I will say in passing , since I must reply to your demand, that I do find it more than slightly extraordinary that I can go to a show in England or, as this week-end, take nine dogs up to the Paris region for the Retriever Club show on Saturday, then on to Switzerland for the Swiss Retriever Club show yesterday - which is just that: "a show" whereas to find a companion you hope to have as a member of your family for perhaps 16 years or more... you want to find her almost in your own back yard!

You see?

I was humbled by her words. How could I not be, when they were intended, certainly with the very best of intentions, to humble me? Of course, I scolded myself, she is right. This is a companion for which I am searching, not a dog to win top place in the international shows. I wrote to thank her for pointing to what my own heart told me already, adding, "it's just that one hears so much that it can quite turn one's head."

But I was not satisfied. There is something ever so slightly dishonest, or perhaps merely disingenuous, in that reply. Of course one is looking for everything the breed offers, including beauty, otherwise, as the breeder Martine Nathhorst, who referred me to Fia's breeder writes in her site, why would you be buying a registered dog?

Quite so.

Some years ago, Madame Nathhorst's dogs fell out of favor with the French Labrador Retriever Club, who, as she tells the story, went so far as to suggest that she should abandon nearly two decades of work building her bloodlines. She writes at great length to take issue with the club for the power it wields, while catering to the whims of fashion in what is considered beauty in Labradors.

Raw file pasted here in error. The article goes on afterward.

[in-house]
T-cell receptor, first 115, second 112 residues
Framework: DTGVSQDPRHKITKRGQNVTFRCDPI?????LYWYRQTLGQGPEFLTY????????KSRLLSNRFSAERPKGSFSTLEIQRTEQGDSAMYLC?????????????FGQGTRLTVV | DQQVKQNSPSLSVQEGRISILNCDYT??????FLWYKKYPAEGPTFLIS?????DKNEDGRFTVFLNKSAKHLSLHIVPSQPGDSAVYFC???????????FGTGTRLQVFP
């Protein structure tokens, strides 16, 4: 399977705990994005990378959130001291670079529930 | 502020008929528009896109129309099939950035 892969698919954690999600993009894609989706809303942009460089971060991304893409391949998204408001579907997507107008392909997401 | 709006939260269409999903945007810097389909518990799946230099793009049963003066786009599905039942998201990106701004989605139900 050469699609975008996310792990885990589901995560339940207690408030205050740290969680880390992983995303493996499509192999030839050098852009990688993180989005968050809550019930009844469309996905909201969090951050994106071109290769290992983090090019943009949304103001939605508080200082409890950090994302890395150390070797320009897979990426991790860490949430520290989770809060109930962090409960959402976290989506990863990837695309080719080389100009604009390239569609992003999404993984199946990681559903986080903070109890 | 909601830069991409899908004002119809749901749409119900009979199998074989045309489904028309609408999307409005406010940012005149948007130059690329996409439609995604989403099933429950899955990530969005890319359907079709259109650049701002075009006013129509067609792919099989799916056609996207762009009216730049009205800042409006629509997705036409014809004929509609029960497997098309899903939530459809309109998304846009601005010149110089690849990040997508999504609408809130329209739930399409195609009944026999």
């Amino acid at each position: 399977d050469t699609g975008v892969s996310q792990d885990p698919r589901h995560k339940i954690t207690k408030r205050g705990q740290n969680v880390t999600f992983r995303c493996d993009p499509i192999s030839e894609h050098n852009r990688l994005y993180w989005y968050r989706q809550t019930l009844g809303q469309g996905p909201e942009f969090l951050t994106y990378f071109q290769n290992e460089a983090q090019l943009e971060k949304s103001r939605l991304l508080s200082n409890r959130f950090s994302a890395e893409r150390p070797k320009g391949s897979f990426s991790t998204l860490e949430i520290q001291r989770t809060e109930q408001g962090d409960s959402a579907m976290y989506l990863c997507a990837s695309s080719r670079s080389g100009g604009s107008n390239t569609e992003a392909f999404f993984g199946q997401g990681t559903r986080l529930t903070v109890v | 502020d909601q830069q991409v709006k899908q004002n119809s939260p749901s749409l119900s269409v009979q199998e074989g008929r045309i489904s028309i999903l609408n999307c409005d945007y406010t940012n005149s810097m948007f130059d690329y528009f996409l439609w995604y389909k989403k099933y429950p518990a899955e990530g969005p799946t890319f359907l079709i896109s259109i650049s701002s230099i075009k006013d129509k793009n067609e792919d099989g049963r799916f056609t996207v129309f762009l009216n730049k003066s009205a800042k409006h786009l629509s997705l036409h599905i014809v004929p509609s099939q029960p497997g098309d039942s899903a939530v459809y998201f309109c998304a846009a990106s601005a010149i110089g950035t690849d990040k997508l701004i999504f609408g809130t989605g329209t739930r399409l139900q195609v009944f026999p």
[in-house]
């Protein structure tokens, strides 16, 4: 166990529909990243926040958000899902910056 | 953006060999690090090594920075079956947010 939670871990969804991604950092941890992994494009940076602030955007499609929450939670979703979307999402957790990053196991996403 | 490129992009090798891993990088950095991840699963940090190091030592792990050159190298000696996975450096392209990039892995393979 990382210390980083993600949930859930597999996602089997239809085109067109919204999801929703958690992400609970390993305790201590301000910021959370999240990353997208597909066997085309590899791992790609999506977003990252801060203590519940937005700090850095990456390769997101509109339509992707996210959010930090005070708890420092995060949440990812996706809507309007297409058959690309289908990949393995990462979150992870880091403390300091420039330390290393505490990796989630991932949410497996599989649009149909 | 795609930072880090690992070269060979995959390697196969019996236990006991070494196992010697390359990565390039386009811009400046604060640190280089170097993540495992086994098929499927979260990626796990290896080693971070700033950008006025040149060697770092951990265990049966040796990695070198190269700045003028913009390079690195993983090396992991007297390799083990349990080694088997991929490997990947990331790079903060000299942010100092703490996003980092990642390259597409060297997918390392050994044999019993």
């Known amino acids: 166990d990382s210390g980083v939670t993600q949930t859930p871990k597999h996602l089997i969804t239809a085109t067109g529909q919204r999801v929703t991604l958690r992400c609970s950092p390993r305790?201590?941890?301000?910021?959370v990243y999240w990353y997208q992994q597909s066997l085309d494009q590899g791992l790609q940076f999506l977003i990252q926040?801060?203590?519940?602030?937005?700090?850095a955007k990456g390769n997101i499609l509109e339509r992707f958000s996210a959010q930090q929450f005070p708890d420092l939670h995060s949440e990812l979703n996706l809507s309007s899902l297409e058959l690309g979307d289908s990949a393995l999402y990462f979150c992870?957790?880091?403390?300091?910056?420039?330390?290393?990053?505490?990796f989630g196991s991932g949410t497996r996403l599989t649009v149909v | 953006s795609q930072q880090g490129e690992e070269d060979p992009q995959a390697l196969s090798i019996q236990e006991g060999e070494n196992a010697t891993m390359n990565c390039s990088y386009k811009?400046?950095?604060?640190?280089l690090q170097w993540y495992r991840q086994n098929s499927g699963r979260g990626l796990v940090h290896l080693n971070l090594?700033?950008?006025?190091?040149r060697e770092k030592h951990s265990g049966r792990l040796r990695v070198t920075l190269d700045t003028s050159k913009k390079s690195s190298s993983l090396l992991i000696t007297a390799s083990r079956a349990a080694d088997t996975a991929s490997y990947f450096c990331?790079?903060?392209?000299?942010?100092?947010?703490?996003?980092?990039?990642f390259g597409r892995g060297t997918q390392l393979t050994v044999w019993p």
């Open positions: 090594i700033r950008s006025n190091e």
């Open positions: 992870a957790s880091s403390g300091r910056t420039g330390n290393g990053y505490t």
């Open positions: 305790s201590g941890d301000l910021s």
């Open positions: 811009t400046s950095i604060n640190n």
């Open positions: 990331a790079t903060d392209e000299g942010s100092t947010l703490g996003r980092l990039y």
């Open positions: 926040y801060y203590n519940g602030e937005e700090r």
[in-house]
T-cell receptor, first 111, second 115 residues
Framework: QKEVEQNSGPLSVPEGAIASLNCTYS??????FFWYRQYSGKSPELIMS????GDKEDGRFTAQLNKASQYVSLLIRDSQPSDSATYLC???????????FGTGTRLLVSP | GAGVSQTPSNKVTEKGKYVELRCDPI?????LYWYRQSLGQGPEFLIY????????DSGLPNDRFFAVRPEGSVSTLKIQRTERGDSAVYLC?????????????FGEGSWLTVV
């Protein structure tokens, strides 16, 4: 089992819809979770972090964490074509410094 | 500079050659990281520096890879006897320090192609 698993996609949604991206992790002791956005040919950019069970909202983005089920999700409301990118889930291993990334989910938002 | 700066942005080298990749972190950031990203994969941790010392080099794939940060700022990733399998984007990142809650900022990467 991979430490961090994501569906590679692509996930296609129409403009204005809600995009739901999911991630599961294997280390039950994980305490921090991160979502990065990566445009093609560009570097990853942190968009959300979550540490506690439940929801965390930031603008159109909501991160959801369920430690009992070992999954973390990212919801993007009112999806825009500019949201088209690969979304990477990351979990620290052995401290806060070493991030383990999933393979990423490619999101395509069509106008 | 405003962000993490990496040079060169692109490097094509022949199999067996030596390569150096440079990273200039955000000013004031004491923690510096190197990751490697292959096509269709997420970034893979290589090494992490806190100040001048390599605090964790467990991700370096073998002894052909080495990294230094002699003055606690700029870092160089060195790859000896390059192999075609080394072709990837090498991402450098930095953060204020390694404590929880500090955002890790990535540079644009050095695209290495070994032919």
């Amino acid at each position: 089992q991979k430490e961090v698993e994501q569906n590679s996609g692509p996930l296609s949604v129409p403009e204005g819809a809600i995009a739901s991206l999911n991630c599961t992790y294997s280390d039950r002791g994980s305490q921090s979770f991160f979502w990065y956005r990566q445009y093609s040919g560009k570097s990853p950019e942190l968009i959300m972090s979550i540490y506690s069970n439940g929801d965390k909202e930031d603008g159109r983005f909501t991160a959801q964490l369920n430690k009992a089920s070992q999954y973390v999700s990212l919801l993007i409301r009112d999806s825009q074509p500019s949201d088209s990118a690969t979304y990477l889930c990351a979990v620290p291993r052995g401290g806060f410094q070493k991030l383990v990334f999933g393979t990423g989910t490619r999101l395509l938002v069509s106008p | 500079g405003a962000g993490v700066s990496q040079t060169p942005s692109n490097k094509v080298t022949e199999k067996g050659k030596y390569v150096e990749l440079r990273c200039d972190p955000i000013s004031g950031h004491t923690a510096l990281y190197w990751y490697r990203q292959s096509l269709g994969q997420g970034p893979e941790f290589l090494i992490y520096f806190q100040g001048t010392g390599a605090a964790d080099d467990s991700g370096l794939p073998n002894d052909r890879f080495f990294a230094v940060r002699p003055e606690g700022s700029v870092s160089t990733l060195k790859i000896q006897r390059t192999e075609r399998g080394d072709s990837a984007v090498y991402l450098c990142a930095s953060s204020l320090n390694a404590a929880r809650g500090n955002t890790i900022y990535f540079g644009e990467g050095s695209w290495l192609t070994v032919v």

She is joined by other breeders, who make their arguments public, while still others, like Rapide and Baccarat's, will tell you what they think when you come to see their dogs. One begins to sense that there is an inner and an outer world to the love of a breed. There are the websites dedicated to forums and products for Labrador Retriever owners, where people can exchange about their passion for these dogs, and there is the world of those breeding for all the reasons one can choose to do so: the love of the breed, the pleasure of producing winners in trial and beauty, and income, as well as achieve fame and glory in the shows and the competitions that are some breeders' world.